People who run for office can gather signatures instead of paying fees, but can they ask for signatures during work hours on the job? Inyo County says, no. Mono County says employees can’t, but elected officials can. Recently, two Mono officials did take their petitions to a management meeting to get signatures, which raised questions. The Mono County Code claims elected officials are not “employees” and are not subject to the same improper political activity rules.
Asked if the color of office doesn’t give elected officials a kind of involuntary persuasion factor when gathering signatures on the job, Mono County Counsel Marshall Rudolph said, “That’s a fair question, but it’s a policy question and not my call.”
It’s apparently a Board of Supervisors’ call. State Government Code says any County or City may prohibit officers and employees engaging in political activity during work hours at the local agency. Inyo County Supervisors did adopt a Personnel Rule that says employees shall not campaign or conduct any political activity during normal work hours in county facilities. This includes elected officials.
According to County Counsel Rudolph, Mono County rank and file employees have such a policy which also covers management workers. Rudolph said employees can not engage in political activity on the job. He said the definition of employee includes appointed officials but not elected officials. Mono County Code Section 440 seems to disagree when it says, “No one employed by the County will engage in political activities on County premises while engaged in official duties, using County equipment, or wearing an official County uniform….”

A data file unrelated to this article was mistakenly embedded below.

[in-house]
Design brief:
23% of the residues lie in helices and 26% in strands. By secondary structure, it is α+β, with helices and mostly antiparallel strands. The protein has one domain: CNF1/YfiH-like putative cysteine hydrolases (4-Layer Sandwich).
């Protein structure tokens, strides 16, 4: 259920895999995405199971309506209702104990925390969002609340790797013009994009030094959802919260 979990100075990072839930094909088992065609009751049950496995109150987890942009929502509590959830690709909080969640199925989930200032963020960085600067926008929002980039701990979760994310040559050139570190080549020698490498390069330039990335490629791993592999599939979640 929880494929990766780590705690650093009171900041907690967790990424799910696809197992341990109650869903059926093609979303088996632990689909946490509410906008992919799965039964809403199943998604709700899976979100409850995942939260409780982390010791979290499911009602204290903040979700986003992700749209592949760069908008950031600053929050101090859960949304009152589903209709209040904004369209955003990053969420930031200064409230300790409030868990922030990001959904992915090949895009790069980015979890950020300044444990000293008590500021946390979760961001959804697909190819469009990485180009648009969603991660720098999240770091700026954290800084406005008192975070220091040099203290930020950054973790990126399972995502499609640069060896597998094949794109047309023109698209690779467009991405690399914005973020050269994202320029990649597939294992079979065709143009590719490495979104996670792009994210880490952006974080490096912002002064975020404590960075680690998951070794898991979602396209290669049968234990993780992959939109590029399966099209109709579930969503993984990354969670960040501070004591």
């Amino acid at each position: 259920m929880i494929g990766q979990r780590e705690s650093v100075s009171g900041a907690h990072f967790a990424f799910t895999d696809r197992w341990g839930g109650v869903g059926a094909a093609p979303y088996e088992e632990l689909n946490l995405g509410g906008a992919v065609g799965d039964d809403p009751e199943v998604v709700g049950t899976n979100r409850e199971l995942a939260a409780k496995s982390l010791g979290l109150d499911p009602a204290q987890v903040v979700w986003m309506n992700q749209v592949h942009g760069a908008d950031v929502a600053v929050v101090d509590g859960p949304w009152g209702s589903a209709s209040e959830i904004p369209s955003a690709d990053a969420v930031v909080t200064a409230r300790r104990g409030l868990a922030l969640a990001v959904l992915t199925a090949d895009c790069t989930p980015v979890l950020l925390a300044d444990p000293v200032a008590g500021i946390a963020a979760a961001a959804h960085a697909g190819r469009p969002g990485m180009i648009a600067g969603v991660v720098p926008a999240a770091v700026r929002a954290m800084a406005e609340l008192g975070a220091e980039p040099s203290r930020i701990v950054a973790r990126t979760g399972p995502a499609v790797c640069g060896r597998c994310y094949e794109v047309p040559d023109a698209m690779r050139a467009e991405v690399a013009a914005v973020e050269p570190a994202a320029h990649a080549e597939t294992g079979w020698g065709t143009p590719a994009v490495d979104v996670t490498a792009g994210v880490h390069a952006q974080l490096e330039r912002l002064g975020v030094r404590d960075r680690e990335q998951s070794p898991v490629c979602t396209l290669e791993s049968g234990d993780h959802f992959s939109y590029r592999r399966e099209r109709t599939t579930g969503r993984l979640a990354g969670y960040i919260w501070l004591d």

Recently, Mono County Sheriff Ralph Obenberger and District Attorney Tim Kendall took their election petitions to a County management meeting in Lee Vining. County Counsel Rudolph said they did not break the rules. Since Sheriff Obenberger and DA Kendall were appointed, and not elected, are they prohibited from political actions on the job as appointed officials? Counsel Rudolph’s opinion is, no. Once someone is appointed to an elective office, said Rudolph, he’s an elected, not appointed, official.
District Attorney Tim Kendall said legally County Officials can engage in political activities during work hours. He said there is no County ordinance prohibiting this. Kendall said he and the Sheriff “explained to everyone at the end of the meeting and everyone was told that if they wished not to sign then that was absolutely fine. For them to feel no obligation.”
State Code also says no one can campaign in uniform. Rudolph said Sheriff Obenberger was not gathering signatures in uniform. At the Town of Mammoth Lakes, Attorney Andy Morris said it was his understanding that Police Chief Dan Watson has talked with Mammoth Reserve Officer and Sheriff Candidate Ingrid Braun about not engaging in political activities on the job, not campaigning in uniform, and not soliciting contributions from individual workers.
So, bottom line during these days before the June 3rd election – In Mono County, if you’re an elected official you can gather signatures and politick all day long at work. If you’re just an employee, forget it. In Inyo County, no political activities on the job – period – for either elected officials or rank and file employees.